The following sections of this chapter aim at identifying and exploring the experiences inherent in the process of becoming a classroom teacher and a learner in a profession. In particular, the chapter starts with a rationale for our research and an overview of teaching challenges encountered within the dimensions of classroom teaching. In order to fully explore the ways in which first year teachers generate knowledge and meaning from an interaction between their experiences of classroom teaching and their ideas and approaches to address challenges which they encountered, the chapter addresses the following key themes:

  • 1.

    How beginning teachers learn to manage classrooms effectively? Here, we specifically report on the most common challenging areas teachers found difficult to deal with in their first year within the areas of classroom teaching.

  • 2.

    By what means do teachers develop necessary knowledge and skills to be able to teach confidently? And what are the self-strategies of teachers to find solutions to challenges of their practice?

  • 3.

    What are the potential sources of support allowing teachers to gain the necessary knowledge and skills in the areas of classroom management, dealing with discipline, planning, pupils’ assessment and the use of teaching resources thus improving their expertise? In what ways do collaboration and interaction with colleagues promote classroom environments conducive for more effective teaching and learning?

In addition, we also comment on some models of induction supports available in primary schools that have the potential to transform the experience of classroom teaching for NQTs.

Key Terms in this Chapter

Higher: Diploma (H. Dip.) in Primary Teaching: This professional course is a full-time eighteen months long post-graduate course.

Bachelor in Education (B. Ed.): A degree which is usually taught over three to four years full-time.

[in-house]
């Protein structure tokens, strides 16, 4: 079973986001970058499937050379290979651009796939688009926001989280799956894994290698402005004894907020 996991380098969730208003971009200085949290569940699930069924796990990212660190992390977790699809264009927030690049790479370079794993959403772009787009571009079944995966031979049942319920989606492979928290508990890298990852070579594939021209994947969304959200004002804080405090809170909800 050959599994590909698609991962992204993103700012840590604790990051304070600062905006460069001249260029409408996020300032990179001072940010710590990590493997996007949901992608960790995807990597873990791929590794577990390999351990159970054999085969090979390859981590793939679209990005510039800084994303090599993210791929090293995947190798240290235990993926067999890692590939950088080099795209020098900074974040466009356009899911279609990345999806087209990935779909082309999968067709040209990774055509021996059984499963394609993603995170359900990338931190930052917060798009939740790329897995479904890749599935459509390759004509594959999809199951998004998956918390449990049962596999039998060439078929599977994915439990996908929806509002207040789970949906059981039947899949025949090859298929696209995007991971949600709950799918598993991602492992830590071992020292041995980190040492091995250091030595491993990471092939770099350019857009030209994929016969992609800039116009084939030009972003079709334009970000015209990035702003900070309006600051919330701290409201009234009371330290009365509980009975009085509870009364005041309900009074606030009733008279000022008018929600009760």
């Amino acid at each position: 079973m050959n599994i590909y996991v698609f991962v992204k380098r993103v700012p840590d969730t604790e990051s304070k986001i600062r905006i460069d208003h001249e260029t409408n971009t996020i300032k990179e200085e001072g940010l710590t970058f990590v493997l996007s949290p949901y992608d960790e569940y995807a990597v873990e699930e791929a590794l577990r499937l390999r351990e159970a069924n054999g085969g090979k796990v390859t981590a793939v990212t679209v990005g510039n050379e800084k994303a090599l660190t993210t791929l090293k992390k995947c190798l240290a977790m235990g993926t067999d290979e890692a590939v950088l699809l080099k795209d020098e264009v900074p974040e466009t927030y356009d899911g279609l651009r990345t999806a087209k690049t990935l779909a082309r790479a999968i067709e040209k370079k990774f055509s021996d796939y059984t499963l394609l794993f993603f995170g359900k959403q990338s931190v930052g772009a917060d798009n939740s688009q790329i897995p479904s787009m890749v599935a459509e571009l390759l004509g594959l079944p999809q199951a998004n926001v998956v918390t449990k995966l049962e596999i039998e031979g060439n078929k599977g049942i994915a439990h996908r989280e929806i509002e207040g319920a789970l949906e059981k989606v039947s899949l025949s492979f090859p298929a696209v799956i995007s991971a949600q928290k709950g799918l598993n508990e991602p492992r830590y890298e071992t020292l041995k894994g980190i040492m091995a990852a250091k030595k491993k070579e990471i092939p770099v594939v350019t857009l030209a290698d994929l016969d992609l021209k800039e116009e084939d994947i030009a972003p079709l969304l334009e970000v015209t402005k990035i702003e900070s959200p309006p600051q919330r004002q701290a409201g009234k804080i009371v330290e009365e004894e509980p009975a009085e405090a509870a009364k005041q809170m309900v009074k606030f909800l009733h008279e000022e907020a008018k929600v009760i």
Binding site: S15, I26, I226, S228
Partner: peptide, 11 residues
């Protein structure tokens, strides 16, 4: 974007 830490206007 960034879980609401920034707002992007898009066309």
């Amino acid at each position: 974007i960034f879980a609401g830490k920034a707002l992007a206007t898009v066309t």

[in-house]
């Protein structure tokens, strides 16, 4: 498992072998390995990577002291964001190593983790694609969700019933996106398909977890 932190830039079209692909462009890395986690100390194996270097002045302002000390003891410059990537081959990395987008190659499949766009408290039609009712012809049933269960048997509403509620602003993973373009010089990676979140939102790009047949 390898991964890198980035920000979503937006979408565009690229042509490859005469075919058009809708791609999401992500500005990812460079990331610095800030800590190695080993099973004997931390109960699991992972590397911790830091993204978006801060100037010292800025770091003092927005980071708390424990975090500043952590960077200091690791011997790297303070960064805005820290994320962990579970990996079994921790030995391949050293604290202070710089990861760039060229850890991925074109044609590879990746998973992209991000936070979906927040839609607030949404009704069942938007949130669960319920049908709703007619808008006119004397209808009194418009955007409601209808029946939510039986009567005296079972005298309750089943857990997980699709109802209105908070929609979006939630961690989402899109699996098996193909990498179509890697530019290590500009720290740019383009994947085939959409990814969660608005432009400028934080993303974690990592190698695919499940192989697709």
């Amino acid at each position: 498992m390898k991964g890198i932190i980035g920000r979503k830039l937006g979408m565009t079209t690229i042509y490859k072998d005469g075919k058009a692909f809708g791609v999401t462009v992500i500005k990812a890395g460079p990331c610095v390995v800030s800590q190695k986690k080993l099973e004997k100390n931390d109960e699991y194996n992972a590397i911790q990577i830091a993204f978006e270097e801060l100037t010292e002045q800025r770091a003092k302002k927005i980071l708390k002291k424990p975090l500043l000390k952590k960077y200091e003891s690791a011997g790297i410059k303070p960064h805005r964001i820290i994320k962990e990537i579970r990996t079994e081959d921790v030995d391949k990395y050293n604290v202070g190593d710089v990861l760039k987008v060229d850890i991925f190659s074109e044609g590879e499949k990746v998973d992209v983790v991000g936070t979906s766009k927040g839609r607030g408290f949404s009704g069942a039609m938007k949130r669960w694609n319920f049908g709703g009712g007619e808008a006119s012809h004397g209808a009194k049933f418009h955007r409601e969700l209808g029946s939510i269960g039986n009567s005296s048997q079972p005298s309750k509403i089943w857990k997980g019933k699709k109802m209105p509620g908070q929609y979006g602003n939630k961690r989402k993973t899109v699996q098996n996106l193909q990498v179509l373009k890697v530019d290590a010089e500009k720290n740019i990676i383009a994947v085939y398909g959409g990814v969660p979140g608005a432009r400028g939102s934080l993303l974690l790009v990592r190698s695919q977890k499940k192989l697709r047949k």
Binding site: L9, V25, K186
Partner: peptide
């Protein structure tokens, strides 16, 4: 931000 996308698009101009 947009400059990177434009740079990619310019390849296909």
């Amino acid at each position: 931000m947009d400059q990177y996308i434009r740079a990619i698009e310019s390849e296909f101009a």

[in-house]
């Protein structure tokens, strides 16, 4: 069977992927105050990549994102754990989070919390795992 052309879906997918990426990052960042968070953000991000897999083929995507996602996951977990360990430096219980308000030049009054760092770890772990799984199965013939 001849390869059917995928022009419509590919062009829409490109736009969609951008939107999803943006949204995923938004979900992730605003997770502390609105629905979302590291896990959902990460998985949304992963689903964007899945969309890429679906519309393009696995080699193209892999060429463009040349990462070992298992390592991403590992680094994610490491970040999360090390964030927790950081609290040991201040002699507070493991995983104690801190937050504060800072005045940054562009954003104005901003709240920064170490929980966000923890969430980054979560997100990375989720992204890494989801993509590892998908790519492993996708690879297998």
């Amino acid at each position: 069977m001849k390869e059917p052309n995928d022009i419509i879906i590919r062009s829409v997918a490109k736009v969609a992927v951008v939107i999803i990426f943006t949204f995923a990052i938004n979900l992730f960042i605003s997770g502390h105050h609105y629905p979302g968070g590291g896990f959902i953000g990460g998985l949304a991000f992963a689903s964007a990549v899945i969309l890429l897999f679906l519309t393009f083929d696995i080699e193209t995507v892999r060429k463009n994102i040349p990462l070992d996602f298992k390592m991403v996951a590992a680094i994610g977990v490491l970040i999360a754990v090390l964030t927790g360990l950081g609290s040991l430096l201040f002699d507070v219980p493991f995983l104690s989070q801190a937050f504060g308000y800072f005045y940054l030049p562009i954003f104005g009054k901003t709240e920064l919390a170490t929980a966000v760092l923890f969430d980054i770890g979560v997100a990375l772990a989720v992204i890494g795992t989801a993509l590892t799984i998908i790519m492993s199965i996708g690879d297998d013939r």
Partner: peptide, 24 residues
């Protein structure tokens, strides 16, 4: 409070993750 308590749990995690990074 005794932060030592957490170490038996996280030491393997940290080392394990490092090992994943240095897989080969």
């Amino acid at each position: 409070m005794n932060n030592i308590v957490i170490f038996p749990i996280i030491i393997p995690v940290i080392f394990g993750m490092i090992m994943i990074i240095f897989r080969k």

Mentor: Usually a more experienced teacher who is paired with a beginning teacher during the induction process.

Collaborative Professional Learning: A process of knowledge construction by means of engaging in active dialogue with colleagues. As a result, participants share their ideas, perspectives, locate contradictions in their own experiences and arrive to new interpretations and stances on the issues explored.

Induction: Conceptualised as a process which acts as a bridge between initial teacher education and subsequent professional development and enables a new teacher to become an effective member of the school.

Induction Year: Generally refers to the first year of teaching. Generally coincides with a one year probationary period of teaching in school.

Initial Teacher Education (ITE): One of the components of the continuum of teacher education. A period of time spent in teacher training college, during which some basic perspectives and attitudes towards teaching profession are acquired.

Newly Qualified Teacher (NQT): Beginning teacher or novice teacher starting his/her first year of professional practice.